Citigroup Inc. (C) stock price has remained in the high 40's to low 50's since about April 2013. Over the last year each quarterly report has been profitable, but the market pressure has just not let the stock price appreciate. The second quarter, 2014 was profitable, but had a one-time charge off that hurt the numbers, but is paid and will not be carried forward.
Citigroup's second quarter's financial report was released on July 14, 2014 posted a net income of $181 million, which was down from last year's $4.2 billion, but this year's second quarter took a write off of $3.8 billion to settle the RMBS and CDO-related claims. Based on this inclusion, the income was still slightly down. The company made a profit of $0.03 per share after the settlement for the RMBS and CDO-related claims. Excluding this settlements, the earnings would have been $1.24, just shy of second quarter, 2013's report of $1.25. This is key to looking forward.
The current book value is $66.76 reported on the company's website which is trading at a discount of .73. For a quality blue chip stock like Citi, this is unusually low, and Citi is waiting for a push to climb over the $50. per share mark and not look back. Through several recent events I believe Citigroup may make a move to breakout in the near future.
A more important measure is the net interest margin which increased to 2.87%. The net margin is key because Citigroup has redeemed or retired nearly $12.3 billion of debt securities in 2013, and $5.4 billion in the first half of 2014. With nearly $17.7 billion less on the balance sheet, and the company reported a higher net interest margin this demonstrates the more efficient and profitable operations by the company.
Citigroup grew its deposits by 3% and its loans by 8%. This is a positive cash flow sign and business operations. Deposits and loans are the heart of capital investments for all banks and this was solid growth for the quarter.
Citi Holdings continues to reduce it assets, however, the value of holding went up second quarter the company is still selling off their assets. Citi Holdings assets are valued at $111 billion, a 15% decline from 2013. Citi Holdings now represents only 6% of Citigroup's assets. Citi Holdings' loss was $3.5 billion for the quarter, up compared to last year of $582 million. Citigroup continues to reduce credit losses as second quarter, 2014 was $5.4 billion compared to $8.2 for the prior year. Citigroup's long slow process of reducing the assets has proven to be a more productive and profitable approach than the fire sale many wanted to see several years ago. As the losses here continue to shrink, the bottom line will continue to grow.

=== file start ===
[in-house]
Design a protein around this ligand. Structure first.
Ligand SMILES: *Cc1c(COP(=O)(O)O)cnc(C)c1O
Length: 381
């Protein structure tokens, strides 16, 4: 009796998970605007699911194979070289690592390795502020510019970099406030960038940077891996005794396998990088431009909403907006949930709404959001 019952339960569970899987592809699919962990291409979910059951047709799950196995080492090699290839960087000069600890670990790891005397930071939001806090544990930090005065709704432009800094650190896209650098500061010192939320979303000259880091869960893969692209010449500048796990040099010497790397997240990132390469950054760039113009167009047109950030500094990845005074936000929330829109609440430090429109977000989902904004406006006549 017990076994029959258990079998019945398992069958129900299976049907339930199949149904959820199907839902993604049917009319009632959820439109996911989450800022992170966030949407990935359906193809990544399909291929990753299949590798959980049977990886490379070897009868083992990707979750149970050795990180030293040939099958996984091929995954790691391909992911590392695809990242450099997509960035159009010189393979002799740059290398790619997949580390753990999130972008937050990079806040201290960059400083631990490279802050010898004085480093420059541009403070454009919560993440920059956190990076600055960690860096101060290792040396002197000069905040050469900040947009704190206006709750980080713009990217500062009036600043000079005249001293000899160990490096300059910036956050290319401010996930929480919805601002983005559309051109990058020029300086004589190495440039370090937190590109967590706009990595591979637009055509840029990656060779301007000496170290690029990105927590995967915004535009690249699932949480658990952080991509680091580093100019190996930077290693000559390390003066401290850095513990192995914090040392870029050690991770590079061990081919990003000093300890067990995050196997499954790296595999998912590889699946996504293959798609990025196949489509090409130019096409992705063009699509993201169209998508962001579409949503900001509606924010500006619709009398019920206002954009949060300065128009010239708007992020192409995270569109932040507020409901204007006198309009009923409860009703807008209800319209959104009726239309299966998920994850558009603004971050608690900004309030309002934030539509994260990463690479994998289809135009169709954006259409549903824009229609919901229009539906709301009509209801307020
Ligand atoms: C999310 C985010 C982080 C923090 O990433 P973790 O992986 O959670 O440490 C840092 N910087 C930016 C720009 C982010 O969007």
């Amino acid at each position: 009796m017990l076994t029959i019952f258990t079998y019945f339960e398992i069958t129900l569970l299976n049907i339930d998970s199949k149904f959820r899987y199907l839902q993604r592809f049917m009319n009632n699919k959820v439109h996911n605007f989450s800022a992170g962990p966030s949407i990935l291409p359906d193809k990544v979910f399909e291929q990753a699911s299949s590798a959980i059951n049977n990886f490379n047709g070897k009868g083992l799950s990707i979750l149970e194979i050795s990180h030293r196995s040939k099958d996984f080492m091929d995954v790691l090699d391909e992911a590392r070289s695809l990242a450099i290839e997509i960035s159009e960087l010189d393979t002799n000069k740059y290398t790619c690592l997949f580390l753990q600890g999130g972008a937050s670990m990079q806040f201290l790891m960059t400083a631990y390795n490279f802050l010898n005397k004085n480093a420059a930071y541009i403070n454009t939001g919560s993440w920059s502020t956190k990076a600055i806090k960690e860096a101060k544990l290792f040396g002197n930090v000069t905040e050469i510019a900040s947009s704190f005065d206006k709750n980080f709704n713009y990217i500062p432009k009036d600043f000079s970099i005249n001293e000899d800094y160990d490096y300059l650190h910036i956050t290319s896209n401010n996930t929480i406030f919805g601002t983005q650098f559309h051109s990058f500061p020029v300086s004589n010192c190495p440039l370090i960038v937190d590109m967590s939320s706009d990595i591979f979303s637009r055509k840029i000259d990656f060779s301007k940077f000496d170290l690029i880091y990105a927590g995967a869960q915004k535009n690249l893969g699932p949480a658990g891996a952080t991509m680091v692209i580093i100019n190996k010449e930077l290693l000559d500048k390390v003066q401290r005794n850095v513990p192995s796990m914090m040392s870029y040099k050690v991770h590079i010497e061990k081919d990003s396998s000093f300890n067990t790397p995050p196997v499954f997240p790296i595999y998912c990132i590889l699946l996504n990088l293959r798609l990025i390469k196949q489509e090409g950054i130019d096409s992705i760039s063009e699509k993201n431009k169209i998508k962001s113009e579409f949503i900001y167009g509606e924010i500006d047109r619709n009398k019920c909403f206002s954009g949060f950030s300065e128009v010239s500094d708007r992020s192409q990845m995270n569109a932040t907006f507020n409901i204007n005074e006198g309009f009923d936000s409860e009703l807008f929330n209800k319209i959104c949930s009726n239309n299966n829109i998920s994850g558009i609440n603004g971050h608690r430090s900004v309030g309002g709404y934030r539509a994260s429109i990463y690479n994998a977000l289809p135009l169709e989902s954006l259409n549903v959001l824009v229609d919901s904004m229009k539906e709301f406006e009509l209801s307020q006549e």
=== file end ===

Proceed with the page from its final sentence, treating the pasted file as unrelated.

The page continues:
Citigroup was able to utilize nearly $1.1 billion in Deferred Tax Assets this quarter. Translating that to a return for investors, there are about 3.03 billion shares and the reduction of paying $1.1 billion in taxes will go straight to the bottom line. This results in more cash available for reducing debt, a buyback of stocks, or to hold for future ventures.
Citigroup estimated a 10.6% Basel III Leverage Ratio at the end of second quarter. This is up from 10.0% The Federal Reserve Board has not released the standards for banks your 2015, but Citigroup (and all banks) track these figures closely. We expect the Federal Reserve Board to modify or adjust the standards a little, but increasing the cash holding requirement is unlikely. This means Citigroup may have extra cash next year to increase the dividend, buy more debt or decrease the number of shares outstanding. I see a need to do all three to reward investors and improve the long term health of the company. A buy back of shares will also allow for the stock price to appreciate better over time.
Citigroup is the largest U.S. bank operating around the world with a decline in revenues and net income, however, all reported profits for the quarter and year to date. Citigroup maintained business operations as the drops were mainly due to repositioning investments, regulatory costs and international markets. Although we would like to see growth, this quarter was about maintaining market shares and adjusting to international regulations.
The one negative that continues with Citigroup is the inability to raise their dividend this year. Although the Bank of Mexico issue hit the media just prior to the Federal Reserve's approval of each bank's capital plan, the Federal Reserve allowed Citigroup to repurchase outstanding securities, the Feds refused to allow the increase to the dividend. This is one reason the book value continues to climb and the investors have held the stock price near $50 per share. I believe the company will raise the dividend in 2015, and that will reward investors for their long wait.
We expect Citigroup to have productive third and fourth quarters for the rest of 2014. The earnings for each quarter should report near the $1.25 per share (minus any additional settlements). Book value will continue to grow and investors will see the north side of $50 per share. First quarter of 2015, when the Federal Reserve Board approves the Capital Plans for Citigroup, we anticipate a health dividend, a continuance of buying back of debt securities and with a look to the future, the company will also consider buying back common shares. These events are likely to push Citigroup common stock near the $60 range in the next 9-12 months.
Disclosure: The author is long C. The author wrote this article themselves, and it expresses their own opinions. The author is not receiving compensation for it (other than from Seeking Alpha). The author has no business relationship with any company whose stock is mentioned in this article.